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Old 19 February 2014, 04:20   #1
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Length...does it really matter?

Hi Folks

Probably a dumb question but thought I'd ask the cumulative knowledge of Ribnet for their experiences.

I'm upgrading my RIB and currently looking at either a 5.5m or a 6m LOA from the same manufacturer - same hull.

The engine will be the same, the beam is the same as is the deadrise.
The dry weight difference is approx 50KG so (I assume but might wrong) it shouldn't affect the grunt available too much - the internal fuel tanks are the same on both boats too so no weight difference there either.

How much of a difference will 0.5m LOA realistically make or will it simply offer a little more deckspace?

Thanks in advance
Chunk
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Old 19 February 2014, 04:40   #2
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Have a read at the Forth Jubilee cruise thread - especially the bit when we motored through the Kincardine bridge into a monster wind vs strong current lump.

The group I was with had an SR4 , myself at 5m and a 6& a bit m rib. As the river widened as we motored downstream of the bridge the wavelength & shape changed. Betwween the three of us, one was always slapping the next wave (hard), one riding peak to peak like a magic carpet and the other "going up & down the hills".

What I'm saying is that there will always be a sea state that makes your particular boat uncomfortable or hard work. Yes, you could argue a longer boat is more likely to straddle bigger waves, but it's a big complex equation with the real definition of "a difference" lying with you & your crew's perceptions.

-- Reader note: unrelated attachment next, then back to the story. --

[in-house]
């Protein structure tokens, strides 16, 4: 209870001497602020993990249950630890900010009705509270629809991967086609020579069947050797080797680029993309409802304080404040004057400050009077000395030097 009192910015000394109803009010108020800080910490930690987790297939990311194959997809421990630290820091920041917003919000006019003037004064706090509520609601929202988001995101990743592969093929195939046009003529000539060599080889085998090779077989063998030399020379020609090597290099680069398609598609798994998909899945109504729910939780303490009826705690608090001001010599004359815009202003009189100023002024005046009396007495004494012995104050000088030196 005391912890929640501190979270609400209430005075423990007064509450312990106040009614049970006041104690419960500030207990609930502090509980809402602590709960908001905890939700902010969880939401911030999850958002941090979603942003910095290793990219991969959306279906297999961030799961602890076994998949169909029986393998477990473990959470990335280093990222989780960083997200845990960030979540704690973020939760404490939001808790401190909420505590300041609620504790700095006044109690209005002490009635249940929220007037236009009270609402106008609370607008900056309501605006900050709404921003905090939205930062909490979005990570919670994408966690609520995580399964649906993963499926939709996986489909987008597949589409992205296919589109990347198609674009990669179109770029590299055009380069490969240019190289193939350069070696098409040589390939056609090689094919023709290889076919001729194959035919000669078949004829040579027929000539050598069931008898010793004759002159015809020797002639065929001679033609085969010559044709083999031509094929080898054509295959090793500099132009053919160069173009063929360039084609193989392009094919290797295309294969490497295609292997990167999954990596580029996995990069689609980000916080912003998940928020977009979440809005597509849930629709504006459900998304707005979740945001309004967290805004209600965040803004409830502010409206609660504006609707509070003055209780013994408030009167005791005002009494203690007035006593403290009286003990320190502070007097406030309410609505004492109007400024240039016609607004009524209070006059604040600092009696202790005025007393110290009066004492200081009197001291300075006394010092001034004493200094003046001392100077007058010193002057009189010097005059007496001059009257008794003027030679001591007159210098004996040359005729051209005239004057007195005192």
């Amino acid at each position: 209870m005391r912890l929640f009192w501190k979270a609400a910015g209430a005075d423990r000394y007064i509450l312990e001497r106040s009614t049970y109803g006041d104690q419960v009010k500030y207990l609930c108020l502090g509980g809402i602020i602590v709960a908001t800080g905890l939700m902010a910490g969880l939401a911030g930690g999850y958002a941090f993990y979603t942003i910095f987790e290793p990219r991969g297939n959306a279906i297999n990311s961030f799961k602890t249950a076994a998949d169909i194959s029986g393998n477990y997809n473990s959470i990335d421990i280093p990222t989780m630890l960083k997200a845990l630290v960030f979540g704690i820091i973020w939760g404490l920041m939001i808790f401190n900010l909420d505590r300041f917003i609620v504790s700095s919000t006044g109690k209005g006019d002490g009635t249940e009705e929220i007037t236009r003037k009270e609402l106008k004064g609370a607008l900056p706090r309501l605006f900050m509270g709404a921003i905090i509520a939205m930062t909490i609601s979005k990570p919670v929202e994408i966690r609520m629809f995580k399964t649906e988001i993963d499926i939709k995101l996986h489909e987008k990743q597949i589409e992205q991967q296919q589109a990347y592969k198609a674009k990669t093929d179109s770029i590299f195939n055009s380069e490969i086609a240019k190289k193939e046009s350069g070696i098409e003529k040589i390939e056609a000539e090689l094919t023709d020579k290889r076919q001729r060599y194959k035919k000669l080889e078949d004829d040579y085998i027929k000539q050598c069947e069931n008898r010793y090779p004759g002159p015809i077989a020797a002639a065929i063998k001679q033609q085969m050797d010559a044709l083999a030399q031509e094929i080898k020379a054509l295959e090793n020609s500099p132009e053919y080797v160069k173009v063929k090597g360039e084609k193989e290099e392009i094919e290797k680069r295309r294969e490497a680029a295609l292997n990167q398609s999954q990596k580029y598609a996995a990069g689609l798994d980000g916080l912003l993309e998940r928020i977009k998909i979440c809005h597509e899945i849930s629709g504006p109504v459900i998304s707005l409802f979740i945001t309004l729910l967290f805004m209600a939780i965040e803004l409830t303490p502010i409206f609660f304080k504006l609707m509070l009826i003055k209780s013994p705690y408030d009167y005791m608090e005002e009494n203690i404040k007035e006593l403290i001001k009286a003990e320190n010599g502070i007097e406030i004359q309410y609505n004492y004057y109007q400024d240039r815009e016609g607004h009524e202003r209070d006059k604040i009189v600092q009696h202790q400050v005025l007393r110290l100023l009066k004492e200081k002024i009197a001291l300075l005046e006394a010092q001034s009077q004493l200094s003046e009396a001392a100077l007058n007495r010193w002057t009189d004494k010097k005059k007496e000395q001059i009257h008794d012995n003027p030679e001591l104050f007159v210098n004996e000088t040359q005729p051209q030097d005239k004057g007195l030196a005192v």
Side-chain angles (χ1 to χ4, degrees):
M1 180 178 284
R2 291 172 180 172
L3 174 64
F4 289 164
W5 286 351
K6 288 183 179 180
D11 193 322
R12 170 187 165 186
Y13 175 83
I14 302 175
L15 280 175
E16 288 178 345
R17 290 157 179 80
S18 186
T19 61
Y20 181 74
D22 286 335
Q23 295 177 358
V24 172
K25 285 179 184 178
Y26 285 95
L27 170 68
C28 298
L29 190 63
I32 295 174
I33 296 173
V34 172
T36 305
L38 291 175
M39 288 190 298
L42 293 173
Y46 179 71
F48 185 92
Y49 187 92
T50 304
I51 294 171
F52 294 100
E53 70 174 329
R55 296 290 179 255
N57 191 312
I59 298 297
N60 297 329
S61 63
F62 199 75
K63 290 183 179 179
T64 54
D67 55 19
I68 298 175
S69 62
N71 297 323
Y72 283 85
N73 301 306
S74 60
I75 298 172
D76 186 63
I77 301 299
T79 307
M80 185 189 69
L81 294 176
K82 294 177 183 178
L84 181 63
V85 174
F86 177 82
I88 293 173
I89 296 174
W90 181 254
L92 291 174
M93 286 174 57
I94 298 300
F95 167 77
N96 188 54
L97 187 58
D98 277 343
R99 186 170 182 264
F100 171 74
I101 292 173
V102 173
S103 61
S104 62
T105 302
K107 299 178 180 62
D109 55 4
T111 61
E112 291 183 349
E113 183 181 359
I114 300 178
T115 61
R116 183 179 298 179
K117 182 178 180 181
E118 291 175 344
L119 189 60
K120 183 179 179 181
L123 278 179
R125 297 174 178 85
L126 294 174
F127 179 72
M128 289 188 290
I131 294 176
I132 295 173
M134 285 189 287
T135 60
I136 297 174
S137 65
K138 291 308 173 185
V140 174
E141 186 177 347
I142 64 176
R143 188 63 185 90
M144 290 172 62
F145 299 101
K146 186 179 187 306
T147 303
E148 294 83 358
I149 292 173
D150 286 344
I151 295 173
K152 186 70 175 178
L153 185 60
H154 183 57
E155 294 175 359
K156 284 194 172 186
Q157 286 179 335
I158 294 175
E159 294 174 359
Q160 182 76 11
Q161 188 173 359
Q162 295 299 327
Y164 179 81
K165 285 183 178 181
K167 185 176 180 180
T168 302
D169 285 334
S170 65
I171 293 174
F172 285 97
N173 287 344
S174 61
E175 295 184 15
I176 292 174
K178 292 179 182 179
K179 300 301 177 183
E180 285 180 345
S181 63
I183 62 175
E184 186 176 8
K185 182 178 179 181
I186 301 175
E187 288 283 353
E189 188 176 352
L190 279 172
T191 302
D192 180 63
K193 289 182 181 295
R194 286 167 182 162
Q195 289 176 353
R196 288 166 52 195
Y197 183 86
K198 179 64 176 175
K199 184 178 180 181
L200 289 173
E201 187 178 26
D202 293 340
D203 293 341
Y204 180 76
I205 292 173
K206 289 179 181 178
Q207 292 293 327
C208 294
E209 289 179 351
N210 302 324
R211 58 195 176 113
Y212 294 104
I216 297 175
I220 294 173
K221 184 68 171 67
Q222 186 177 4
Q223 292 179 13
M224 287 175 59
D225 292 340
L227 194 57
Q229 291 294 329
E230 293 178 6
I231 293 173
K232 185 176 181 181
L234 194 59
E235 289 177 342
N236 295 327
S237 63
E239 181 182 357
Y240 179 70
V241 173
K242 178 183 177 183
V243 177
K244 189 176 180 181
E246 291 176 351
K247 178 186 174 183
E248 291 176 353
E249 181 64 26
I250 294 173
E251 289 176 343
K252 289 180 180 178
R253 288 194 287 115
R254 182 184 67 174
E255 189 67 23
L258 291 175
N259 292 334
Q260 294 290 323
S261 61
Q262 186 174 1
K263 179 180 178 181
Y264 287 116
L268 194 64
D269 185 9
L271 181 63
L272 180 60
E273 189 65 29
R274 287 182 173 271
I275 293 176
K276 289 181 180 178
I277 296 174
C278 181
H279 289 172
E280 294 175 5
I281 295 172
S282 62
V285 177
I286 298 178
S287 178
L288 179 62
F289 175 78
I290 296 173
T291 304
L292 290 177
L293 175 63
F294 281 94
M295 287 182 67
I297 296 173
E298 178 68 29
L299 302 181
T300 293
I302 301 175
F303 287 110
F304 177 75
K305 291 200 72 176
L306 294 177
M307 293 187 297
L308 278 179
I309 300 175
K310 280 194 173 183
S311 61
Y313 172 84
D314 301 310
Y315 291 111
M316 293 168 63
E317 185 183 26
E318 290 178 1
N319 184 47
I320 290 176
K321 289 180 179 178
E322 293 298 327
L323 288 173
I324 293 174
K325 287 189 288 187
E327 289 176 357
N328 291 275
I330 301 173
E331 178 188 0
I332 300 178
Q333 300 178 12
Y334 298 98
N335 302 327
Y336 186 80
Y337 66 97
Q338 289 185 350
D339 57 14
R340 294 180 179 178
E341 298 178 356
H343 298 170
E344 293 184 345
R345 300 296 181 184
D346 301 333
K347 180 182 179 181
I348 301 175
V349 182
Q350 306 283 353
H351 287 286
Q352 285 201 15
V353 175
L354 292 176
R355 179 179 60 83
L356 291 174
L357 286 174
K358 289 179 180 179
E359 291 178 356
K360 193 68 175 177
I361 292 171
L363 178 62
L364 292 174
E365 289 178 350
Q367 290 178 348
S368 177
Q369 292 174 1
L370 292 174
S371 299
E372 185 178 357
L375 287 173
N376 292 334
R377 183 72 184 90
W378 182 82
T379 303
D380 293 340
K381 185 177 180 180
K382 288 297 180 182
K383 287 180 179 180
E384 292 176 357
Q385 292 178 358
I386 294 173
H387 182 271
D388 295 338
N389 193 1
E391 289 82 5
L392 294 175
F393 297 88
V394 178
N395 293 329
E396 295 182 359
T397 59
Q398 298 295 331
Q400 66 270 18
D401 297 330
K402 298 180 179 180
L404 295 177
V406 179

That probably wasn't much help tfior your decision, but if all other things were equal as you are implying (you'll probably be carrying more weight as fuel than the weight difference) and it was still going to fit the place I wanted to park it, yeah, I'd go up 0.5m for the deck space......
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Old 19 February 2014, 04:44   #3
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Never underestimate what a bit of extra LOA will do. You'll certainly NOTICE it. I'd guess mainly in extra deck space and a slightly better ride. Bound to knock a knot or so off the top end. I'd do it

Two boats in the pic below - 16m and 8.5m. Double the LOA make a world of difference
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Old 19 February 2014, 05:10   #4
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Quote:
Originally Posted by Chunk View Post

How much of a difference will 0.5m LOA realistically make or will it simply offer a little more deckspace?
Redbay make a 6.1m and a 6.5m and believe me that 0.4m makes a big difference to their sea keeping and sense of space onboard.

The downside is that the extra length can lead to issues when launching/recovery, towing and parking.
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Old 19 February 2014, 05:36   #5
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Thanks for the great replies

Kind of matches my thoughts so good to get confirmation from more experienced bods. I will mostly be launching single handed from a relatively shallow angled beach so that is also at the back of my mind...my current 4.7m is simple to launch and recover single handed.

What the hell...go for the 6m. If I need to wait 30 mins for the tide to "float the boat" its not the end of the world
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Old 19 February 2014, 06:55   #6
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If the hull beam is the same, and the engine leg is the same, I'd imagine that draft will be very similar? The extra .5m will mean your engine is .5m further out to sea at launch...
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Old 19 February 2014, 08:02   #7
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Quote:
Originally Posted by Chunk View Post
Thanks for the great replies

Kind of matches my thoughts so good to get confirmation from more experienced bods. I will mostly be launching single handed from a relatively shallow angled beach so that is also at the back of my mind...my current 4.7m is simple to launch and recover single handed.

What the hell...go for the 6m. If I need to wait 30 mins for the tide to "float the boat" its not the end of the world
Yes, always go as big as practically and financially possible, sea keeping, deck space, safety, etc etc
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